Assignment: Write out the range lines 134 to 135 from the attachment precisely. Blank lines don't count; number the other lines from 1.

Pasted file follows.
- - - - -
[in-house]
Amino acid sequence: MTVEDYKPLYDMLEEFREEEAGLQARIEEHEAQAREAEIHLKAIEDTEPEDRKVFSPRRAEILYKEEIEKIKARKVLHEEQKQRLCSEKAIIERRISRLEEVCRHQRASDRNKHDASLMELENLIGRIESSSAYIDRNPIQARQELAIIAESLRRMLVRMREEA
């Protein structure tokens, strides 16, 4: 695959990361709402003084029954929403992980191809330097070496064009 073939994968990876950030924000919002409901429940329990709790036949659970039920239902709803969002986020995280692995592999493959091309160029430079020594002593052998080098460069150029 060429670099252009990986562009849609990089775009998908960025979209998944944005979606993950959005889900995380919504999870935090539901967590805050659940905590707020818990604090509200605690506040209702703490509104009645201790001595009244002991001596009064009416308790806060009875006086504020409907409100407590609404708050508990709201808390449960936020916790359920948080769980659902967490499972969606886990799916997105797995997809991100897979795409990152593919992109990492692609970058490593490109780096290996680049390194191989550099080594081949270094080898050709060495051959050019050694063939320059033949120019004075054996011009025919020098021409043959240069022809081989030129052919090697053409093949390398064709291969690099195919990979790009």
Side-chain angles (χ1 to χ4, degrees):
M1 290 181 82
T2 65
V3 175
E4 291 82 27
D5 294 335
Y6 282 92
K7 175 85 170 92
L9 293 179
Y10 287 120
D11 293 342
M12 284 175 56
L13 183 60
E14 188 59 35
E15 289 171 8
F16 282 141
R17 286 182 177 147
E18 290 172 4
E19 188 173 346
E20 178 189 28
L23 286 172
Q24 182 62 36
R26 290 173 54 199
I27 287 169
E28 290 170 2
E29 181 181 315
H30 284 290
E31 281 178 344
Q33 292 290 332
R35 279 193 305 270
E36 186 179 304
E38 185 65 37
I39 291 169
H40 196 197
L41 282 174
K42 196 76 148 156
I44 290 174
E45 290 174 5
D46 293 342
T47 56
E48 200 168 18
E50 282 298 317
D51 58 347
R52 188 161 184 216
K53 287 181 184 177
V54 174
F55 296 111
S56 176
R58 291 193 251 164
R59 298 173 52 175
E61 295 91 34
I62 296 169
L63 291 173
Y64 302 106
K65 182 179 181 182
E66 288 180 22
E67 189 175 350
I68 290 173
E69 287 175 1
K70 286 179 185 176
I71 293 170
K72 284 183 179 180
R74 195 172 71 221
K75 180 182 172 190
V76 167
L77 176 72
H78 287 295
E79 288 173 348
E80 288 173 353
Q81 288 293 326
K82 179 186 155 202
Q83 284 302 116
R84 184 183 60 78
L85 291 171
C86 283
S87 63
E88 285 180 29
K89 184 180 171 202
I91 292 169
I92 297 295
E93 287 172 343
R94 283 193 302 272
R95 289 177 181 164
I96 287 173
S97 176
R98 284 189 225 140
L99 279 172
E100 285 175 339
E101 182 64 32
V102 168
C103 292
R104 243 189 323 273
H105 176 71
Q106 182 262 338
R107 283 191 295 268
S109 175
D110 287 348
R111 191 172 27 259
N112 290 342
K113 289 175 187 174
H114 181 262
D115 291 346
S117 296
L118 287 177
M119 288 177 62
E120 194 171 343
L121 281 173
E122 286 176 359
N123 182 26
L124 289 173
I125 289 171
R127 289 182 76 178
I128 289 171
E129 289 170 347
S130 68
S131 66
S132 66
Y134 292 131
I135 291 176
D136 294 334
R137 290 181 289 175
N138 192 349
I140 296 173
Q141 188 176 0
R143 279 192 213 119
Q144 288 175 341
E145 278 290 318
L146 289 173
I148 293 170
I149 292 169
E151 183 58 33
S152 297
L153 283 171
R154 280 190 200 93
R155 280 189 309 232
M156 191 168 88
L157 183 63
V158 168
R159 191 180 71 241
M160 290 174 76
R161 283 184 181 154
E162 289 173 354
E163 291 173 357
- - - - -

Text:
E151 183 58 33
S152 297